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Leaders lead organizations to success

Ten questions you can ask to see if you’re a leader

Posted: July 25, 2008 11:41 p.m.
Updated: September 26, 2008 5:03 a.m.
 

True go-getters do not amass power by worrying about their titles or the size of their offices. Instead, they know how to lead and keep loyal employees.

A simple 10 questions that you can use to judge your skill for keeping good people follows. If you asked them, would your employees say yes?

n Do I understand what is expected?

n
Have I received proper training?

n
Are refresher and continuing education courses offered?

n
Do I have room to grow in my job?

n
Is there room to exercise judgment?

n
Have I been exposed to other functional areas?

n
Has my boss discussed possible routes of advancement?

n
Do I have good working conditions? Are they safe? Well-equipped?

n
Is the boss reasonable? Does he regularly ask for my feedback?

n
Does the boss ever tell me I've done a good job?

If you think there would be a "no" answer to two or three of those questions, then it's time for a pointed discussion with your staff.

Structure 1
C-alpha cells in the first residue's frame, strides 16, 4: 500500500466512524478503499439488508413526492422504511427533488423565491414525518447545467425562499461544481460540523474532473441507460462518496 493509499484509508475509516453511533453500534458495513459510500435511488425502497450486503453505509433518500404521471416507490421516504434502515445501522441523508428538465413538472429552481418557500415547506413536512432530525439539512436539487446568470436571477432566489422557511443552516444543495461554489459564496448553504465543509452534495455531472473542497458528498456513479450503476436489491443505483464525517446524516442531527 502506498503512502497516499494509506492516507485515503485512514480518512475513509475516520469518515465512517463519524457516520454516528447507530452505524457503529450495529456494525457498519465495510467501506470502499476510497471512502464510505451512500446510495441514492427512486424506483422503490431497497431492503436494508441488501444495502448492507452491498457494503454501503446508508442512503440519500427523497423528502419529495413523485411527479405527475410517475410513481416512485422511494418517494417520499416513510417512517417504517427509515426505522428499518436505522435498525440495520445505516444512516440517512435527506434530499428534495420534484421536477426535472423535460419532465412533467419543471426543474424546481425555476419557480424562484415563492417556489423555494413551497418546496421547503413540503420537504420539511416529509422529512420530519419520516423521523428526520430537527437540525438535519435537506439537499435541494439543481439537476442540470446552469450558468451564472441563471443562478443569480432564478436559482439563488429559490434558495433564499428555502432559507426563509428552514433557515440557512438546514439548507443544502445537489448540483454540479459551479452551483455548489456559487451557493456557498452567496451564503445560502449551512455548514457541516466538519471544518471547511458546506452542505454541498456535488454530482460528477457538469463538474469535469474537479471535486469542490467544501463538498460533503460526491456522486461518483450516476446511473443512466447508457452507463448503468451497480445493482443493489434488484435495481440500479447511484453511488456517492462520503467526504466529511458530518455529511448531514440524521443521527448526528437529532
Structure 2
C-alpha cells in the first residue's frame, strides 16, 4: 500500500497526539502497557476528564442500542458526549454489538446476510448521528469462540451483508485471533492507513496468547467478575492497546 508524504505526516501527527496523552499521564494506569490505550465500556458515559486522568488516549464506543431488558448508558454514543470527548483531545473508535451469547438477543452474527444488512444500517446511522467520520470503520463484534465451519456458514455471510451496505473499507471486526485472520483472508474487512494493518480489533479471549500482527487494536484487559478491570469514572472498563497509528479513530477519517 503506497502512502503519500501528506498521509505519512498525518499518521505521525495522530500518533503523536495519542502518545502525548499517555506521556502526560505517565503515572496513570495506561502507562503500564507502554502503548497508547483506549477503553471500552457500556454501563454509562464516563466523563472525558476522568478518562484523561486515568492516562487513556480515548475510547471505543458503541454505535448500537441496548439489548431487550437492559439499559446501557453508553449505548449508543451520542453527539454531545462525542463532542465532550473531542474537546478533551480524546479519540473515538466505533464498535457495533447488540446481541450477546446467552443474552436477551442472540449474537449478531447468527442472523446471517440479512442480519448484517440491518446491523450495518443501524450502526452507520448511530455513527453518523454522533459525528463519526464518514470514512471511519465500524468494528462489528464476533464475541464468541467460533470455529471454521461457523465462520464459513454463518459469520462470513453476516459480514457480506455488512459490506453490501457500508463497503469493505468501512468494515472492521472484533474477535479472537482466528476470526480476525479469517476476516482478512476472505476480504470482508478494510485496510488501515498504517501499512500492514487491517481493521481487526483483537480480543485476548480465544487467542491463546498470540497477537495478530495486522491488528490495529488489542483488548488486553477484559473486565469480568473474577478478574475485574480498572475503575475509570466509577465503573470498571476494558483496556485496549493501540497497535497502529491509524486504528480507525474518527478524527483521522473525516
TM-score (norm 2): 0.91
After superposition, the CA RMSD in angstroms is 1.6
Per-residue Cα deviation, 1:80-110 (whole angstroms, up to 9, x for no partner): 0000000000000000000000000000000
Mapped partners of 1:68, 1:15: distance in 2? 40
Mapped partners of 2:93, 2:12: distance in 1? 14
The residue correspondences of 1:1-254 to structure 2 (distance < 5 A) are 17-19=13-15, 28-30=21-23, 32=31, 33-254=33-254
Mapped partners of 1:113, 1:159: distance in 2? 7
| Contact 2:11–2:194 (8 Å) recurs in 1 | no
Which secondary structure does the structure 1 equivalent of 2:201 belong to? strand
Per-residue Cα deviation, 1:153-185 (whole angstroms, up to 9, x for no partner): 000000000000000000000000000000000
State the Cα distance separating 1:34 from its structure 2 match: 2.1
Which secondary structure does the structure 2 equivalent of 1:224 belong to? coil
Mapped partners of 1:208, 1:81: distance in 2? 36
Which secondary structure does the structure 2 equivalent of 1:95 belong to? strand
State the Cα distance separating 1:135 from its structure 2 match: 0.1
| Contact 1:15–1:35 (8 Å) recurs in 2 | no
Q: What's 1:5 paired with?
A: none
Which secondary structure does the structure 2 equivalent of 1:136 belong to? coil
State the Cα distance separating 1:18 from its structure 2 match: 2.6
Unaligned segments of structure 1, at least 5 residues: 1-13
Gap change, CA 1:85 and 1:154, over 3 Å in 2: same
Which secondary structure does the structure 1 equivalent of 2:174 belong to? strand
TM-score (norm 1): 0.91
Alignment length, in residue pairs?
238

Successful people become leaders, and they've become successful because they have formed the habit of doing what failures don't like to do. They typically have more self-discipline and have formed good habits like punctuality, organization and persistence.

The good news is that you can learn better work habits if you aren't as successful as you want to be. A habit is simply behavior done so often that it becomes automatic. Force yourself to keep good records, and you'll see the day when you keep them as inevitably as you bathe.

Drive yourself to be punctual, and soon you'll keep your appointments on time. Make yourself plan your days and weeks in advance, and planning will become second nature.

Deliberately training yourself into good habits requires stern self-discipline which every successful leader has acquired.

Good habits save effort, ease routine, increase efficiency and release power.

In a recent study by Development Dimensions International Inc., a Pennsylvania-based development firm, one-fifth of this country's large, established companies will be losing 40 percent or more of their top-level leaders in the next five years as senior executives retire.

Over the next 15 years, there will be a 15 percent decline in the number of people ages 35 to 44, and this means fewer people available for top management slots - "leaders."

If you want to be successful, then start doing what you don't necessarily enjoy to get the habits of a successful leader.

Maureen Stephenson is a local author and owner of REMS Publishing & Publicity, which is based in Santa Clarita. Her column represents her own views, and not necessarily those of The Signal.

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